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Death row clemency petition fails for Navajo inmate

GALLUP

Clarence Dixon’s request to commute his scheduled execution was denied.

Dixon presented his case Thursday to the Arizona Board of Executive Clemency, asking the board and Arizona Gov. Doug Ducey, said Amanda Bass, who is representing him.

Dixon is scheduled to be executed on May 11.

Courtesy of Arizona Department of Corrections
Clarence Dixon

Dixon was convicted and sentenced to death for a 1978 sexual assault and murder of an Arizona State University student. His attorneys argue that he has a severe mental illness and is incompetent to be executed.

On Tuesday, Bass said they would file with the Pinal County Superior Court in Florence, Arizona.

“We will present additional evidence of his severe mental illness and incompetency to be executed at his competency hearing in the Pinal County Superior Court,” Bass said.

Bass did not say what time Dixon’s competency hearing would be.

In June last year, Navajo Nation Attorney General Doreen McPaul wrote a letter to Arizona Attorney General Mark Brnovich, asking his office to consider the tribe’s traditional beliefs and its stance against the death penalty.

McPaul wrote the tribe’s culture and religion held life “sacred.”

“The death penalty removes the possibility of restoring harmony whereas a life sentence holds the opportunity to reestablish harmony and find balance in our world,” McPaul wrote to Brnovich.

Attorneys for Dixon say in addition to his severe mental illness, he is legally blind.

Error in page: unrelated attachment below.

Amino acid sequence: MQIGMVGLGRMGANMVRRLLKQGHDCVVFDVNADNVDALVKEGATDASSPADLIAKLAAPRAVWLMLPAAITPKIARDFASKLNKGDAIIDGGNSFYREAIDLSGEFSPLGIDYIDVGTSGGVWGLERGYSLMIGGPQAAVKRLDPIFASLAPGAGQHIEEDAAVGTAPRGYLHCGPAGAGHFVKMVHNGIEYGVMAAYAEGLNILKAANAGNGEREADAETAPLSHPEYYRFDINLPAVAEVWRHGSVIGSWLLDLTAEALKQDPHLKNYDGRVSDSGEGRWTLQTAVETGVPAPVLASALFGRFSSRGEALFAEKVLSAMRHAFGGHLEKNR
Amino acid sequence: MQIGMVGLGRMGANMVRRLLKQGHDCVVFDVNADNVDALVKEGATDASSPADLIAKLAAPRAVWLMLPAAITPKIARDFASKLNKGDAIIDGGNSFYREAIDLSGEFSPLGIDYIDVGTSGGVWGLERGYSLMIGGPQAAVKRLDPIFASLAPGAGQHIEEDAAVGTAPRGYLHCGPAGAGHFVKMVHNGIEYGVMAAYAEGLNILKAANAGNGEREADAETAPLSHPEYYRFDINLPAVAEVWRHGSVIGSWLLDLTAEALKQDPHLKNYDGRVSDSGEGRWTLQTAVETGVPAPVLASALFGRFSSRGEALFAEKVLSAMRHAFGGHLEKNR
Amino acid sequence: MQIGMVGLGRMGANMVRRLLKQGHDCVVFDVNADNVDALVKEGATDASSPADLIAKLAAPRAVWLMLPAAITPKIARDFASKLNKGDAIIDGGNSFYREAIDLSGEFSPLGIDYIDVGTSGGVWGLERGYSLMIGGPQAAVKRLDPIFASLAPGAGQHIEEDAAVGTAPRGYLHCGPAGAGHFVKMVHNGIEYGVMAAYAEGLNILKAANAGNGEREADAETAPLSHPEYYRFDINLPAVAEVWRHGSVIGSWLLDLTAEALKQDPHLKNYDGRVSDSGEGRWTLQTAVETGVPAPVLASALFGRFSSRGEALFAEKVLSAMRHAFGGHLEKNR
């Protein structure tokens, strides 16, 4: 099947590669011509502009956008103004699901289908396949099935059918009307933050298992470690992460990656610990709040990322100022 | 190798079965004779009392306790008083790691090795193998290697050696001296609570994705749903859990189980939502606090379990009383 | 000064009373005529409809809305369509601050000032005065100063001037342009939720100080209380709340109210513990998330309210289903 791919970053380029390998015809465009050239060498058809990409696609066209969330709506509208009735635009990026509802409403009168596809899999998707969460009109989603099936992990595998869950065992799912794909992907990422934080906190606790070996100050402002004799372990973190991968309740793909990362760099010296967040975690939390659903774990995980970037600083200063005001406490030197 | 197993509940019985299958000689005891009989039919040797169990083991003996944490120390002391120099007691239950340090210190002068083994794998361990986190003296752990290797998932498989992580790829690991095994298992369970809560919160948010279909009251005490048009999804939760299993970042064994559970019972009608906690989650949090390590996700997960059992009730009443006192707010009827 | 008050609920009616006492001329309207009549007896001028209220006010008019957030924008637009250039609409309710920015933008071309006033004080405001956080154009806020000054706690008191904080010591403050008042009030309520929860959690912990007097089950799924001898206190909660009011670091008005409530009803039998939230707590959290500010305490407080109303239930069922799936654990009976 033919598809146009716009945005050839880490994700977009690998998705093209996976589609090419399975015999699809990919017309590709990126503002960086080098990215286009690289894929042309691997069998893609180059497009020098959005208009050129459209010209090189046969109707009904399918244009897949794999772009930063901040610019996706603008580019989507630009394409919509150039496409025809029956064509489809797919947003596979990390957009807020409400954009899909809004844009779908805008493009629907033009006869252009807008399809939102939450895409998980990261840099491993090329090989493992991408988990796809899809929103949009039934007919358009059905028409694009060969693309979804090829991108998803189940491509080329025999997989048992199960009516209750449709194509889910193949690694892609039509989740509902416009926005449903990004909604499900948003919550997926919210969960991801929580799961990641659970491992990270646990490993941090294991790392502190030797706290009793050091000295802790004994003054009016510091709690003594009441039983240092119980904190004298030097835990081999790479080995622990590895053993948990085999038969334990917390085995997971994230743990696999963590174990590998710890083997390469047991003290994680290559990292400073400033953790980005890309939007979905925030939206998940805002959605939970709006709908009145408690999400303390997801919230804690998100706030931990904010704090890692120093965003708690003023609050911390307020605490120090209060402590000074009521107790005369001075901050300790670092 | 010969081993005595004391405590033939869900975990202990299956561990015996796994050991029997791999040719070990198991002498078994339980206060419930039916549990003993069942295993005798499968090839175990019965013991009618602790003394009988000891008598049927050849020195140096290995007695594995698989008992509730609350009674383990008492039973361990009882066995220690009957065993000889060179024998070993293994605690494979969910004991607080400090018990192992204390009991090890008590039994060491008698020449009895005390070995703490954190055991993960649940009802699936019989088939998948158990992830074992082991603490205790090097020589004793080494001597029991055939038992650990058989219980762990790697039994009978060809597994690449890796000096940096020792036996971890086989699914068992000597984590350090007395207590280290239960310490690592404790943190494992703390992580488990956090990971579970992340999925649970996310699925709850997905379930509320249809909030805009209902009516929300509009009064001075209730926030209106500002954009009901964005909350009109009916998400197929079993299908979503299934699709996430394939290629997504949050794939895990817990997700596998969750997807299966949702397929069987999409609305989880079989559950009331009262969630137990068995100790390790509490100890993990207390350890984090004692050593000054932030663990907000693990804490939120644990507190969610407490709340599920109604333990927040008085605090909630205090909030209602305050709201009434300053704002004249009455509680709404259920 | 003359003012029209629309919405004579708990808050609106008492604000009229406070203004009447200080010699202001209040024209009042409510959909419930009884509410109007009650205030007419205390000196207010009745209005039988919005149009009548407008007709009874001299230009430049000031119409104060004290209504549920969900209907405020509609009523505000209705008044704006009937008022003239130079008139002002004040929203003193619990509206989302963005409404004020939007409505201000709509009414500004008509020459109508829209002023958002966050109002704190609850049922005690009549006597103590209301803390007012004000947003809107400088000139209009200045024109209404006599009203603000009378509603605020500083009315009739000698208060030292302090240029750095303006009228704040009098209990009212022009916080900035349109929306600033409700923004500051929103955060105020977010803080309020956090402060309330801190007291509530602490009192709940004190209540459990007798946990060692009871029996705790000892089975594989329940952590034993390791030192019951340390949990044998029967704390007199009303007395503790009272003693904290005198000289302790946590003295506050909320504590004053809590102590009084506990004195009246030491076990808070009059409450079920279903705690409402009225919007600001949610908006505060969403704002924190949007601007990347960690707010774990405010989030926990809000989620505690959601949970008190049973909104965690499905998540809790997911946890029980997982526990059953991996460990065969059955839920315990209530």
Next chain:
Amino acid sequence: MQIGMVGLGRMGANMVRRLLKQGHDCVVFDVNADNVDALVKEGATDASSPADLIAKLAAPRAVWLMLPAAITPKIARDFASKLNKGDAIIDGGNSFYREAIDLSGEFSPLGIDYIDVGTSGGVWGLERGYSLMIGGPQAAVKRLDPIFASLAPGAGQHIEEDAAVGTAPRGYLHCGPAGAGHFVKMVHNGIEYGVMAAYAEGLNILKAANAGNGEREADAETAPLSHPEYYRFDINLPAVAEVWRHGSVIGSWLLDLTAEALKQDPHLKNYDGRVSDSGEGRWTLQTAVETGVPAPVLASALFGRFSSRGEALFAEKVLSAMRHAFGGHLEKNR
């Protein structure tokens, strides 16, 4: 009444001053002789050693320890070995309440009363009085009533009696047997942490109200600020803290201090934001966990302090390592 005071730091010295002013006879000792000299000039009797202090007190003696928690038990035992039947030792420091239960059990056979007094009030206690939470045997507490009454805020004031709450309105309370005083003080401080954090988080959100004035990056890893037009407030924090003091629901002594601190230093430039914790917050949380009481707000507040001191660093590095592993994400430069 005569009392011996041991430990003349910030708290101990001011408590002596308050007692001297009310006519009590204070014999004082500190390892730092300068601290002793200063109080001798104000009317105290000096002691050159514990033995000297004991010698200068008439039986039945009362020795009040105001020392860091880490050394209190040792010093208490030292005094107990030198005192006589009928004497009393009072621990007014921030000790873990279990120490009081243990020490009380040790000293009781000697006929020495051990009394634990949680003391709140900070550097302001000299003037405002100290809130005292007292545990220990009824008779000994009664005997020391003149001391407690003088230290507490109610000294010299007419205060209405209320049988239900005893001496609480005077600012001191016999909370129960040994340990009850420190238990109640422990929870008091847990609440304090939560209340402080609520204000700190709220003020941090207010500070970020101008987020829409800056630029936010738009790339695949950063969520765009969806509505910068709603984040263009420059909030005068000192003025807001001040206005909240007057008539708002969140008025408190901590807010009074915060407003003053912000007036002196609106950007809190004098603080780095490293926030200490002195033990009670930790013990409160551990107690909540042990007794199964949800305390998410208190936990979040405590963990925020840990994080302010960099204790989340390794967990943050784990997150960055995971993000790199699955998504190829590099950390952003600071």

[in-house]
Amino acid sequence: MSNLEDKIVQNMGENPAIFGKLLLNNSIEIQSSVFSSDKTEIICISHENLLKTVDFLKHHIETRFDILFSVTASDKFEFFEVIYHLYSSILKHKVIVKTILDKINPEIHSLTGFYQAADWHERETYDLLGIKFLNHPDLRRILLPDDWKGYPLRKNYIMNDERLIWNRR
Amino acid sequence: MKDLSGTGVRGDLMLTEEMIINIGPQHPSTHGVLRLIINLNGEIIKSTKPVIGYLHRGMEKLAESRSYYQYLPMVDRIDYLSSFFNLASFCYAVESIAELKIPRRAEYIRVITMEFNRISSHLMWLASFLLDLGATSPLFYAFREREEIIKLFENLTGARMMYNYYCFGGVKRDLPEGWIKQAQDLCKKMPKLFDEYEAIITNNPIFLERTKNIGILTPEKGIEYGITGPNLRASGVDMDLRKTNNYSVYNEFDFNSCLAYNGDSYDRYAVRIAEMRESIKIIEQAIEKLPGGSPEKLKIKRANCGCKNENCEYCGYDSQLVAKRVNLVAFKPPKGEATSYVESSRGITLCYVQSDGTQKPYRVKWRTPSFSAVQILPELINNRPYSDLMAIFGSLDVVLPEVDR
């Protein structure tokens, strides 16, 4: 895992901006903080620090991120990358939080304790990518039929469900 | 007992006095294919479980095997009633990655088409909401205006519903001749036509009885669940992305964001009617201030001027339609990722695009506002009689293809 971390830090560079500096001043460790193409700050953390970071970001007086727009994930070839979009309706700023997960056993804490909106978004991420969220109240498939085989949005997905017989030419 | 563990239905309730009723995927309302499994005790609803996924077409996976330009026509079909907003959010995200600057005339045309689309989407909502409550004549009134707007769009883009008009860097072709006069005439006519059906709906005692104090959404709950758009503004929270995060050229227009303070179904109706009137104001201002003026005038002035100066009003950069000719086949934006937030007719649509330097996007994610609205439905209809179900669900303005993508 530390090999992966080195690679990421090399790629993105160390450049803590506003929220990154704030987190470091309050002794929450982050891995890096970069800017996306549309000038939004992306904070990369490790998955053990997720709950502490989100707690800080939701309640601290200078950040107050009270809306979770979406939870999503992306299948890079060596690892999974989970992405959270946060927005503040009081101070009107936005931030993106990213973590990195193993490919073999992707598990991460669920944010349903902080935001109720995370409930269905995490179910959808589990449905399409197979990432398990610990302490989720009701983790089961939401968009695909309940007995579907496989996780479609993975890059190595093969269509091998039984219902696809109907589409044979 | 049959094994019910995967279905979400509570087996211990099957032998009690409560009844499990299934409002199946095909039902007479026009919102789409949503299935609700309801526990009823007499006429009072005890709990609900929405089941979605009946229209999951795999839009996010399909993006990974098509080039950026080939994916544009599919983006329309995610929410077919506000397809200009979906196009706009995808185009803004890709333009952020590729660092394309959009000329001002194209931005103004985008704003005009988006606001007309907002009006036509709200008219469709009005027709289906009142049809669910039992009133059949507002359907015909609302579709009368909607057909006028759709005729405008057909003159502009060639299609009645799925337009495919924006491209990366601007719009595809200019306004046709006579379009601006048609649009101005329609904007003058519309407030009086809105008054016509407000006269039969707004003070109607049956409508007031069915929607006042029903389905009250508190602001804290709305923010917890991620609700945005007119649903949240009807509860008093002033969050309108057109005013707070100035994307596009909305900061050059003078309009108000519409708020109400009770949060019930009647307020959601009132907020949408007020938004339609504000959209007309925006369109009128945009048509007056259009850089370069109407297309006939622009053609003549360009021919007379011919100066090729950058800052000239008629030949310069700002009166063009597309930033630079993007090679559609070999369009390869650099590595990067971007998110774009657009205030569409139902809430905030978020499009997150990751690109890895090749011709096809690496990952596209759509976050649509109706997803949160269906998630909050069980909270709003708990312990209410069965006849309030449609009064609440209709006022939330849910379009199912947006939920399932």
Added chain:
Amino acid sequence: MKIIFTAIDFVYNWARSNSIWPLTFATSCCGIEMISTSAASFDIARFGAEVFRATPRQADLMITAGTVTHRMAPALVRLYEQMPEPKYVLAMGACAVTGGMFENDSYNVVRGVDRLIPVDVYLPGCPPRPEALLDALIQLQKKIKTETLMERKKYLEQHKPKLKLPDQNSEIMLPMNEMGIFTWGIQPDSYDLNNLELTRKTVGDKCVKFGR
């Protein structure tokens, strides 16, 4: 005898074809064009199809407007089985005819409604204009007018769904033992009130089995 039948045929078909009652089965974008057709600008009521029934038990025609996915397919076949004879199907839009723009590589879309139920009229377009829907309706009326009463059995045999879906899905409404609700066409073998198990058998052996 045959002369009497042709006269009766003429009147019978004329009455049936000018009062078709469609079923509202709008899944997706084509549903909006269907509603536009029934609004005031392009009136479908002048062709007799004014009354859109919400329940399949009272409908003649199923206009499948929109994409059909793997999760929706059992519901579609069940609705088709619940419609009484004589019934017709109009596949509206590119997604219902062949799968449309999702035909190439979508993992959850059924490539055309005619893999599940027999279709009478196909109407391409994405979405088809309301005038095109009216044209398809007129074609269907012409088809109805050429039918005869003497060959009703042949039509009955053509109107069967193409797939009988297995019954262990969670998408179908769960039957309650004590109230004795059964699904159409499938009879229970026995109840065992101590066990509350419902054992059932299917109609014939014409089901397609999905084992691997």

Lenny Foster, the former director of the Navajo Corrections Project, said he became acquainted with Dixon in 1988 at Dixon State Prison in Goodyear, Arizona.

Foster said Dixon has been facing the death penalty for 18-19 years and said, “It has to be a very hard psychological struggle for him.”


About The Author

Donovan Quintero

"Dii, Diné bi Naaltsoos wolyéhíígíí, ninaaltsoos át'é. Nihi cheii dóó nihi másání ádaaní: Nihi Diné Bizaad bił ninhi't'eelyá áádóó t'áá háadida nihizaad nihił ch'aawóle'lágo. Nihi bee haz'áanii at'é, nihisin at'é, nihi hózhǫ́ǫ́jí at'é, nihi 'ach'ą́ą́h naagééh at'é. Dilkǫǫho saad bee yájíłti', k'ídahoneezláo saad bee yájíłti', ą́ą́ chánahgo saad bee yájíłti', diits'a'go saad bee yájíłti', nabik'íyájíłti' baa yájíłti', bich'į' yájíłti', hach'į' yándaałti', diné k'ehgo bik'izhdiitįįh. This is the belief I do my best to follow when I am writing Diné-related stories and photographing our events, games and news. Ahxéhee', shik'éí dóó shidine'é." - Donovan Quintero is an award-winning Diné journalist, who is based in Window Rock, Arizona. He can be contacted at dq@navajotimes.com.

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